Metabolomic and Physiological Changes in Fagus sylvatica Seedlings Infected with Phytophthora plurivora and the A1 and A2 Mating Types of P. ×cambivora
J. Fungi 2022, 8(3), 298; https://doi.org/10.3390/jof8030298 - 14 Mar 2022
Viewed by 601
Abstract
Phytophthora infections are followed by histological alterations, physiological and metabolomic adjustments in the host but very few studies contemplate these changes simultaneously. Fagus sylvatica seedlings were inoculated with A1 and A2 mating types of the heterothallic P. ×cambivora and with the homothallic P. [...] Read more.
Phytophthora infections are followed by histological alterations, physiological and metabolomic adjustments in the host but very few studies contemplate these changes simultaneously. Fagus sylvatica seedlings were inoculated with A1 and A2 mating types of the heterothallic P. ×cambivora and with the homothallic P. plurivora to identify plant physiological and metabolomic changes accompanying microscope observations of the colonization process one, two and three weeks after inoculation. Phytophthora plurivora-infected plants died at a faster pace than those inoculated with P. ×cambivora and showed higher mortality than P. ×cambivora A1-infected plants. Phytophthora ×cambivora A1 and A2 caused similar progression and total rate of mortality. Most differences in the physiological parameters between inoculated and non-inoculated plants were detected two weeks after inoculation. Alterations in primary and secondary metabolites in roots and leaves were demonstrated for all the inoculated plants two and three weeks after inoculation. The results indicate that P. plurivora is more aggressive to Fagus sylvatica seedlings than both mating types of P. ×cambivora while P. ×cambivora A1 showed a slower infection mode than P. ×cambivora A2 and led to minor plant metabolomic adjustments. Full article
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Article
Effects of Phytophthora Inoculations on Photosynthetic Behaviour and Induced Defence Responses of Plant Volatiles in Field-Grown Hybrid Poplar Tolerant to Bark Canker Disease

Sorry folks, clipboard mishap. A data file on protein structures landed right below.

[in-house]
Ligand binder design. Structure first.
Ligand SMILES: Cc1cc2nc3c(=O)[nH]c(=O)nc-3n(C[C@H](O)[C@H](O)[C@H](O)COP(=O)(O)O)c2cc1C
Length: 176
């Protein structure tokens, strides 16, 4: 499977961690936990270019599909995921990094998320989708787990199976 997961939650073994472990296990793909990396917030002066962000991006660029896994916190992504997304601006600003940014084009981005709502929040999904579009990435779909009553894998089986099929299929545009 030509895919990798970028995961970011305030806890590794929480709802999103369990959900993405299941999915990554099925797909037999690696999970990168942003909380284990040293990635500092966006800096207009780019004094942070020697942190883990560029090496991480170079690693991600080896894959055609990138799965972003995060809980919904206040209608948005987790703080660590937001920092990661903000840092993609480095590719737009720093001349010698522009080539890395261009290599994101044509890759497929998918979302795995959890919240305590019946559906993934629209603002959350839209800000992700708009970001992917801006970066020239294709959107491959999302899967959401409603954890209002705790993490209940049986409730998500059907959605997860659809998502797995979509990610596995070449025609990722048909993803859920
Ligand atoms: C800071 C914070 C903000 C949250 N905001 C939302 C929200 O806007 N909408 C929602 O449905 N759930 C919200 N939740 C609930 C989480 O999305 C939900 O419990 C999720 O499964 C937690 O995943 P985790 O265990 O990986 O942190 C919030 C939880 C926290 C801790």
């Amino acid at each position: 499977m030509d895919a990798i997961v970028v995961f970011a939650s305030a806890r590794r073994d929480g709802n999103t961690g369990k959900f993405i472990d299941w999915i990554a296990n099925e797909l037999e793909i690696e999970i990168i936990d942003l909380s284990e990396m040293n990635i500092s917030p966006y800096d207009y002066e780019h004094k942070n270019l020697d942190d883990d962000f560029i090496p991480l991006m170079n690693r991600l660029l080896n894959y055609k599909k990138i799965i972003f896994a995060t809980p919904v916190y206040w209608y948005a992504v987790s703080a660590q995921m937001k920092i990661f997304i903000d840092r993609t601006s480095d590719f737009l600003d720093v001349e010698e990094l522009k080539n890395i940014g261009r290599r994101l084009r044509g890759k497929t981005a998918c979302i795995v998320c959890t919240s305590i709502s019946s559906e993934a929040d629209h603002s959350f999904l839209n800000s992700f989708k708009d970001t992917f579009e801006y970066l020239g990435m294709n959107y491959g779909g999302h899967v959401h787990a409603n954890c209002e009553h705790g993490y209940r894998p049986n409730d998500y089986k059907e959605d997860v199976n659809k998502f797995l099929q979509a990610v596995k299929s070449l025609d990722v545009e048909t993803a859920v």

J. Fungi 2021, 7(11), 969; https://doi.org/10.3390/jof7110969 - 15 Nov 2021
Viewed by 666
Abstract
Bark cankers accompanied by symptoms of decline and dieback are the result of a destructive disease caused by Phytophthora infections in woody plants. Pathogenicity, gas exchange, chlorophyll a fluorescence, and volatile responses to P. cactorum and P. plurivora inoculations were studied in field-grown [...] Read more.
Bark cankers accompanied by symptoms of decline and dieback are the result of a destructive disease caused by Phytophthora infections in woody plants. Pathogenicity, gas exchange, chlorophyll a fluorescence, and volatile responses to P. cactorum and P. plurivora inoculations were studied in field-grown 10-year-old hybrid poplar plants. The most stressful effects of P. cactorum on photosynthetic behaviour were found at days 30 and 38 post-inoculation (p.-i.), whereas major disturbances induced by P. plurivora were identified at day 30 p.-i. and also belatedly at day 52 p.-i. The spectrum of volatile organic compounds emitted at day 98 p.-i. was richer than that at day 9 p.-i, and the emissions of both sesquiterpenes α-cubebene and germacrene D were induced solely by the Phytophthora inoculations. Significant positive relationships were found between both the axial and the tangential development of bark cankers and the emissions of α-cubebene and β-caryophyllene, respectively. These results show that both α-cubebene and germacrene D are signal molecules for the suppression of Phytophthora hyphae spread from necrotic sites of the bark to healthy living tissues. Four years following inoculations, for the majority of the inoculated plants, the callus tissue had already closed over the bark cankers. Full article
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Article
Phylogenetic and Functional Diversity of Saprolegniales and Fungi Isolated from Temperate Lakes in Northeast Germany
J. Fungi 2021, 7(11), 968; https://doi.org/10.3390/jof7110968 - 13 Nov 2021
Viewed by 738
Abstract
The contribution of fungi to the degradation of plant litter and transformation of dissolved organic matter (humic substances, in particular) in freshwater ecosystems has received increasing attention recently. However, the role of Saprolegniales as one of the most common eukaryotic organisms is rarely [...] Read more.